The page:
Yearbook Companies Exploit FERPA Exemption to Collect Student Data

By Samantha Cleaver

When Cheri Kiesecker, co-chair of the advocacy organization Parent Coalition for Student Privacy in Colorado, ordered her son’s yearbook, she reviewed the privacy policy and was shocked at what she saw.

According to the privacy statement, Jostens Inc., like other yearbook companies, receives personal information from schools — and then combines that data with information from other sources to validate and update their databases.

They use the data collected for myriad purposes, including creating and promoting their products — and, as stated in their privacy policy, “for other purposes permitted under this Policy except as prohibited by applicable by law.”

Digital Privacy News reached out to Jostens for comment but did not receive a response.

The broad collection and use of data by Jostens are just two ways yearbook and other companies are collecting and using data under the U.S. Family Educational Rights and Privacy Act (FERPA) directory-information exemption.

FERPA, the 1974 law that governs student information, includes an exemption that allows schools to identify data as “directory information.”

That material then can be disclosed to outside organizations without explicit permission from parents or students.

“The repurposing of data is no longer safe.”
Cheri Kiesecker, Parent Coalition for Student Privacy, Colorado.

Photographs, Too

Under FERPA, images and photos are personally identifiable information that could be included as directory information. Photographs are a common disclosure, said LeRoy Rooker, senior fellow with the American Association of Collegiate Registrars and Admissions Officers, because they could be used for a school annual or sporting event.

However, a new World Privacy Forum (WPF) report shed light on concerns related to how photos and other pieces of identifiable information that can be released under directory information may be made available and used.

According to a U.S. Department of Education spokesperson, “Congress included the directory-information exception under FERPA to allow schools to make disclosures of the type of information not generally considered harmful or an invasion of privacy, such as information that would normally be found in a school yearbook or directory.”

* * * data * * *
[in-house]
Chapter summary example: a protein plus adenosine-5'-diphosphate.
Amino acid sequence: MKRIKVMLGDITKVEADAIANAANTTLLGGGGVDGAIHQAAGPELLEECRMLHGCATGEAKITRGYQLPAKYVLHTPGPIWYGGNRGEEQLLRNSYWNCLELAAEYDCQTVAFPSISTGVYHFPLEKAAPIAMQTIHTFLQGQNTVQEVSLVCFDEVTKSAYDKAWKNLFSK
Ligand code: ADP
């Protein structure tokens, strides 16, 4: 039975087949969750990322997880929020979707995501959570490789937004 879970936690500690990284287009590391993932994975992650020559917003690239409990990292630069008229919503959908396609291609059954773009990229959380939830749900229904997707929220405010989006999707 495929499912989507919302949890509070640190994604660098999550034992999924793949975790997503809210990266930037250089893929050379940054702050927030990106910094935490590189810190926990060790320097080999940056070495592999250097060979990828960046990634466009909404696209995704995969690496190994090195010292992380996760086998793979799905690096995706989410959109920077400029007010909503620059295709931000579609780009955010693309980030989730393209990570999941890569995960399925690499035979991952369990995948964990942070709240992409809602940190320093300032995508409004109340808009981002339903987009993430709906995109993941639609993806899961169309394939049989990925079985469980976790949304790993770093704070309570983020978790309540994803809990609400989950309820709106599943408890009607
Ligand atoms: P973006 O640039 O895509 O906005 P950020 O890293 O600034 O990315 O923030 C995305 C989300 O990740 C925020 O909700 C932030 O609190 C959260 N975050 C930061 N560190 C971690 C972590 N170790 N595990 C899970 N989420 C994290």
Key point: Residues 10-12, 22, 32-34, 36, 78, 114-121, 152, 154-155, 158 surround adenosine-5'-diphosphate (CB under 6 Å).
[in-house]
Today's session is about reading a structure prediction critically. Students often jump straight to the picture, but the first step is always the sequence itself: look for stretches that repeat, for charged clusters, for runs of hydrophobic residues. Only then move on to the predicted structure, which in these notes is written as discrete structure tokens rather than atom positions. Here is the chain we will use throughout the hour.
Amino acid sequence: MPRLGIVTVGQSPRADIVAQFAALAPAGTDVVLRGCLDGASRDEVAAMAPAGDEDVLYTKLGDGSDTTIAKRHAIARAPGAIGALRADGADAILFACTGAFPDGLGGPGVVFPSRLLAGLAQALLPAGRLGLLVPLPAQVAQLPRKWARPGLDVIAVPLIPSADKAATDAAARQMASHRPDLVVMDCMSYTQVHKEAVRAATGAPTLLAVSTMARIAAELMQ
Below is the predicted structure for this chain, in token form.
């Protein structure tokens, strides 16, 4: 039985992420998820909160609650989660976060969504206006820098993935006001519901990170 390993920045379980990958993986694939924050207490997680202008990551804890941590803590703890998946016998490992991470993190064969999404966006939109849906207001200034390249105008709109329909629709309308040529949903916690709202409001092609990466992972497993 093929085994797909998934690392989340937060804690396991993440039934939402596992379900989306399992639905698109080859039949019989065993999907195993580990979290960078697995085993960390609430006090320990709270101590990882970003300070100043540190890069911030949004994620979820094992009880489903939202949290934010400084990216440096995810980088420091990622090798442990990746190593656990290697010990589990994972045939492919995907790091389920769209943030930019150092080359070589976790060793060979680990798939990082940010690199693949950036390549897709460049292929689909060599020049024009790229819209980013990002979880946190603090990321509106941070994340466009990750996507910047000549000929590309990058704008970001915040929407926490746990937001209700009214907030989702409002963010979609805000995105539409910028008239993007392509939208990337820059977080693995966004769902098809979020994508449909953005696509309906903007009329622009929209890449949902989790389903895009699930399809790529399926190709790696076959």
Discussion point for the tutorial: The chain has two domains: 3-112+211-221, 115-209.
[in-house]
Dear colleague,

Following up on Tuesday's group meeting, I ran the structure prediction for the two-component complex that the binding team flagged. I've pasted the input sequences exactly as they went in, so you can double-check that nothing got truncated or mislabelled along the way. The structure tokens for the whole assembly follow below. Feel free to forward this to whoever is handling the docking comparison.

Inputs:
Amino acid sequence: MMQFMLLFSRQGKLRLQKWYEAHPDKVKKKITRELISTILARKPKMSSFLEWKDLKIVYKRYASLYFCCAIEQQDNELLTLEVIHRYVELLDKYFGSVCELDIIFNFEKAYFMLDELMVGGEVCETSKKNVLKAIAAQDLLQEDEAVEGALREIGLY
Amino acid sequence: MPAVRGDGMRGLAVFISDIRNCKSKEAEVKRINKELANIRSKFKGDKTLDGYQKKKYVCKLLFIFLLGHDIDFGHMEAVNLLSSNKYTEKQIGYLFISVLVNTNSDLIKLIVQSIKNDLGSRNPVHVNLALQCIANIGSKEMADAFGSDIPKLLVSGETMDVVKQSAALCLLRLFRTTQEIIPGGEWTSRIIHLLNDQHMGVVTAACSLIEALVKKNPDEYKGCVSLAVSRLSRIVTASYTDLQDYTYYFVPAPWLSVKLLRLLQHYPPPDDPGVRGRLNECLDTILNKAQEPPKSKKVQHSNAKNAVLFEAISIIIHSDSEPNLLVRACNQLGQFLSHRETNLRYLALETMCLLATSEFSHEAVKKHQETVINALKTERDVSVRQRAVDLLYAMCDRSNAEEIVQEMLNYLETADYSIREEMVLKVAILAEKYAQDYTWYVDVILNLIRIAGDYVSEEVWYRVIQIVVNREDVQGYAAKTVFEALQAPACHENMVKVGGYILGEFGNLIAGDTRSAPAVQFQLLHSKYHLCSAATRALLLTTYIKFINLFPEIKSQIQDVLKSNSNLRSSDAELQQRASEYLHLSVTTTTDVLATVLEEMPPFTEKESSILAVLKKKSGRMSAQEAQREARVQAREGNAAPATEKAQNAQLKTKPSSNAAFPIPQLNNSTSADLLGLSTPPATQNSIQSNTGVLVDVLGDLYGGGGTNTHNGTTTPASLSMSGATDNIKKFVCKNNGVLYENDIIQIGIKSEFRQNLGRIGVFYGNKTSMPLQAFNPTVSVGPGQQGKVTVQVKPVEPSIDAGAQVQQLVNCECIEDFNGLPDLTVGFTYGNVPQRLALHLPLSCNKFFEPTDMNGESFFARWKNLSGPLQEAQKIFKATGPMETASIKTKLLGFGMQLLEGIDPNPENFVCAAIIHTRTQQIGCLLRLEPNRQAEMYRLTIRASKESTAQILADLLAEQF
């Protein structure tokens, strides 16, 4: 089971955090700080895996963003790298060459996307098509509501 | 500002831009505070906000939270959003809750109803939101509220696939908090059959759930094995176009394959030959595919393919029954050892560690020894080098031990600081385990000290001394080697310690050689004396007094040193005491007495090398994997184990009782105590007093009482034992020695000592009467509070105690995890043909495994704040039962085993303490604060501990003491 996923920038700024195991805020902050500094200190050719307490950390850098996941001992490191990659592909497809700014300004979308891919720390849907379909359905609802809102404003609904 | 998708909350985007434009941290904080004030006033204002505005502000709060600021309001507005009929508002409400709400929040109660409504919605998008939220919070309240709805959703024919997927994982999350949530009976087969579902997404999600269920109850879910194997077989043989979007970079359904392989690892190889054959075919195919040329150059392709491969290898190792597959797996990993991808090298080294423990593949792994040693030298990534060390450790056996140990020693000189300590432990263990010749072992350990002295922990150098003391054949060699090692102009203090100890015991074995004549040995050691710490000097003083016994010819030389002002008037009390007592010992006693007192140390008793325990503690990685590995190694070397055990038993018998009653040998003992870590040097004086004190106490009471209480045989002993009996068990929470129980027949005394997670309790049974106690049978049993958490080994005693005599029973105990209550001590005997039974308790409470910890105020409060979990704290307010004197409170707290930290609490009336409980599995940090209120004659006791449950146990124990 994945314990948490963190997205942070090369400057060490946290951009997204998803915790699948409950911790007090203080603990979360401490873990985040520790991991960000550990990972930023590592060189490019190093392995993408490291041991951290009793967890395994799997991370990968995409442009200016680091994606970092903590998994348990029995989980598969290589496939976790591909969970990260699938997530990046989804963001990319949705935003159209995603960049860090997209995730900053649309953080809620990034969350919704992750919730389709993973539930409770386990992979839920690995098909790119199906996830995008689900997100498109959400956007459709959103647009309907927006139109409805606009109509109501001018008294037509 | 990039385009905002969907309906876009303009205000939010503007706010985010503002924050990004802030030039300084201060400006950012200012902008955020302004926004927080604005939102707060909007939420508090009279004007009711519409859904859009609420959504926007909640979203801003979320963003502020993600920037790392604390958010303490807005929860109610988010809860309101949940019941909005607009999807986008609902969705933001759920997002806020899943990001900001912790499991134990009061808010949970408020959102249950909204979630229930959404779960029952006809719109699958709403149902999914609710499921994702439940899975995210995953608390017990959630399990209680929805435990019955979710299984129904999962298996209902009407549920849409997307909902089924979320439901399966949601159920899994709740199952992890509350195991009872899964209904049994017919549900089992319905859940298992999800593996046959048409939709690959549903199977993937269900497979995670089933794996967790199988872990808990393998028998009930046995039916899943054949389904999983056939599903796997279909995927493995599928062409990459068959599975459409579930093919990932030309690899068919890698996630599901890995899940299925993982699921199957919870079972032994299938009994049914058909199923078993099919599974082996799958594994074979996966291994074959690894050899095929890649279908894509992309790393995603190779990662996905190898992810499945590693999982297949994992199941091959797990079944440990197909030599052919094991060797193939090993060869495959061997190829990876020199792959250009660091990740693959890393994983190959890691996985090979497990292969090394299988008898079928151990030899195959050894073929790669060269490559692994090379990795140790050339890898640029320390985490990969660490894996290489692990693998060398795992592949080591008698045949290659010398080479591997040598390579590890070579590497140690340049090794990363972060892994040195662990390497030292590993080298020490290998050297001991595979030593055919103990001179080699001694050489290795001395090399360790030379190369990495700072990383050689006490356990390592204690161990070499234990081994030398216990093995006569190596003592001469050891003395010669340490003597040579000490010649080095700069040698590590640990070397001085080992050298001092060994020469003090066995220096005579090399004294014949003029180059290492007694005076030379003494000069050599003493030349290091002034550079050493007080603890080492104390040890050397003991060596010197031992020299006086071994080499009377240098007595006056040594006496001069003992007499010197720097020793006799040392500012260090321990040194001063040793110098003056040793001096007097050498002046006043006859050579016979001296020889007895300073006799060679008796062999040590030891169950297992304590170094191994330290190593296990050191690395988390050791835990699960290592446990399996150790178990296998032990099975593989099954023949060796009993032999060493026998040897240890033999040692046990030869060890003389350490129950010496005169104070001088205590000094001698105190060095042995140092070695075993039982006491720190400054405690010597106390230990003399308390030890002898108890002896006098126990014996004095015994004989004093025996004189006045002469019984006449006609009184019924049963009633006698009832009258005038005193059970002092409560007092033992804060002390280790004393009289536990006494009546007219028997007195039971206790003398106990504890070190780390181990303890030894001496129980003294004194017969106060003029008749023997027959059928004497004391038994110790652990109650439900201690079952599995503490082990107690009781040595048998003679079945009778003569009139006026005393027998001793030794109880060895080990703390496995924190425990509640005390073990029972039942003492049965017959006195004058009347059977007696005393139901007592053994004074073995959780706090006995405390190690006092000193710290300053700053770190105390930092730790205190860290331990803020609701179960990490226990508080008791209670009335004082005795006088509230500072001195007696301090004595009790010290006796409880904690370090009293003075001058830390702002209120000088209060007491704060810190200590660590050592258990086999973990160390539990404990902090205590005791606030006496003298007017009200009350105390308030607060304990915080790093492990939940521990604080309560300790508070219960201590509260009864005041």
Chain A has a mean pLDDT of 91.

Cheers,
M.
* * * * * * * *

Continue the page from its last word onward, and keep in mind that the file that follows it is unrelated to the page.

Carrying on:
The WPF report, released last month, raised concerns with how yearbook companies were using student data after obtaining it from school systems.

For example, yearbooks have been using facial-recognition technology to search old yearbooks, and some are using this technology with current student photographs.

Facial-Recognition Exemption

According to the WPF study, while data that schools hold is regulated under FERPA, facial recognition that yearbook companies do may not, depending on implementation.

Then, concerns arise about how yearbook companies use the data once they have completed a yearbook. Schools may think the data is trashed, but that may not be the case.

“Data is valuable,” Kiesecker told Digital Privacy News. “The repurposing of data is no longer safe.”

Also, when student images are included under directory information, it leaves student materials up for data-scraping.

The WPF identified that facial-recognition companies can target school web sites for scraping. Once that information is scraped, Kiesecker posed, “How much of that data is being used to sell to colleges or future employers or data brokers?

“In the 1970s,” when FERPA was created, Kiesecker told Digital Privacy News, “we didn’t think about how school photos could be attached to artificial intelligence.”

Now, risks abound for misuse and repurposing of data that didn’t exist, even a few years ago. 

“So many schools have the best interest of kids at heart,” said Kiesecker, “and they don’t understand how the data could be used.”

Samantha Cleaver is a writer based in Charlotte, N.C.

Safeguarding Digital ‘Footprints’

In addition to opting out of providing your child’s directory information data, the World Privacy Forum recommends taking these other steps:

  • Ask your child’s school not to designate photos as directory information. Schools then gain more control over how data is shared and used. Obtaining consent before using facial-recognition technology is preferable.
  • Encourage your child’s school to write its contract with the yearbook company so that the photos are used for the yearbook and nothing else.
  • For images included on a web site, schools can include “anti-scraping” tools or image-clocking techniques that prevent them from data-scraping.
  • Schools should avoid posting photos of students on public websites that can be scraped. Images should be emailed to parents or put on password-protected pages.

Cheri Kiesecker of the Parent Coalition for Student Privacy in Colorado advises encouraging your child to think about their data footprint. For older students, help them think through what directory information is being released and why, and how they can manage their personal data footprint.

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